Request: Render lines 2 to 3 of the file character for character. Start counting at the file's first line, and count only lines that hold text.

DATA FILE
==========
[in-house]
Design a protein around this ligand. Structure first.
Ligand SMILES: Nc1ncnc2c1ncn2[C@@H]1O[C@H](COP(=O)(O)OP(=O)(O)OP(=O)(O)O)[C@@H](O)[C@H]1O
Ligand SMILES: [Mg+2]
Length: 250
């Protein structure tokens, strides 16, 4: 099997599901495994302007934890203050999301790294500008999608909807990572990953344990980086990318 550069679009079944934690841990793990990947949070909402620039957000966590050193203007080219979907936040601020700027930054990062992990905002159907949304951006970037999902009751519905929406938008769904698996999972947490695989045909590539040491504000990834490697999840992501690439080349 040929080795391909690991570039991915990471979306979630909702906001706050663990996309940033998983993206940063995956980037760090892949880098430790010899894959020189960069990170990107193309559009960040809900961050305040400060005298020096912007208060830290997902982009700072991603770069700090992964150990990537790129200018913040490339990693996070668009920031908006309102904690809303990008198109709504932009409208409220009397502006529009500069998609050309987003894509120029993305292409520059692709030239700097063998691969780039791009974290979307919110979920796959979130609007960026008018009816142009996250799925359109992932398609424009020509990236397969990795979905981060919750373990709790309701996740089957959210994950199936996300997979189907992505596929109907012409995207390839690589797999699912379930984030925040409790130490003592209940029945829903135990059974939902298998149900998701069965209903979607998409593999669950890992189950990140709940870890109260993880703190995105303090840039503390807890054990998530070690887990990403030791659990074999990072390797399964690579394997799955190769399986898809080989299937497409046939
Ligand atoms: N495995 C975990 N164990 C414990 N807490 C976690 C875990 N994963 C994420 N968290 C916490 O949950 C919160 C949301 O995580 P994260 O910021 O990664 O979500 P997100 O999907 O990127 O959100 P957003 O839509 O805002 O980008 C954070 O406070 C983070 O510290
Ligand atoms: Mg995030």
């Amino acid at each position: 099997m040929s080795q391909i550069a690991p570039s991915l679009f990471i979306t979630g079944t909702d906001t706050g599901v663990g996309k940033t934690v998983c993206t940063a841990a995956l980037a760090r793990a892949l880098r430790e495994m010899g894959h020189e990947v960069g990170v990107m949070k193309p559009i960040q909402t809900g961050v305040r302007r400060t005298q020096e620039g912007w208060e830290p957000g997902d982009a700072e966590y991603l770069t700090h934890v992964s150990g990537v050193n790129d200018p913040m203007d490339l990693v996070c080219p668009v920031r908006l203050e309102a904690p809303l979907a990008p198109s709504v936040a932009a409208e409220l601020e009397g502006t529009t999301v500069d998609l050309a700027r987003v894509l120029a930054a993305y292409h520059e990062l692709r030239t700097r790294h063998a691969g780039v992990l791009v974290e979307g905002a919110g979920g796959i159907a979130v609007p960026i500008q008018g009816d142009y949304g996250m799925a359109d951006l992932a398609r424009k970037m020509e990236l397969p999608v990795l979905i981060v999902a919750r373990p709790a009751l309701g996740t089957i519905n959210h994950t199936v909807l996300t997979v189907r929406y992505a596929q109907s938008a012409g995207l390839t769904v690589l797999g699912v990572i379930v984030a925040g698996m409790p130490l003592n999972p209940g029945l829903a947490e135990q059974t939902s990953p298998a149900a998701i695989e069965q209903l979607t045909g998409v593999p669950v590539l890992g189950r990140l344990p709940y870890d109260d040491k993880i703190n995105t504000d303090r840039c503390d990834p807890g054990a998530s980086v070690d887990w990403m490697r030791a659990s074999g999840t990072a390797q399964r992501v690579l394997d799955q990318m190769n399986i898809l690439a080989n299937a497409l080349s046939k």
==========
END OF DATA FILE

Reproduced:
Design a protein around this ligand. Structure first.
Ligand SMILES: Nc1ncnc2c1ncn2[C@@H]1O[C@H](COP(=O)(O)OP(=O)(O)OP(=O)(O)O)[C@@H](O)[C@H]1O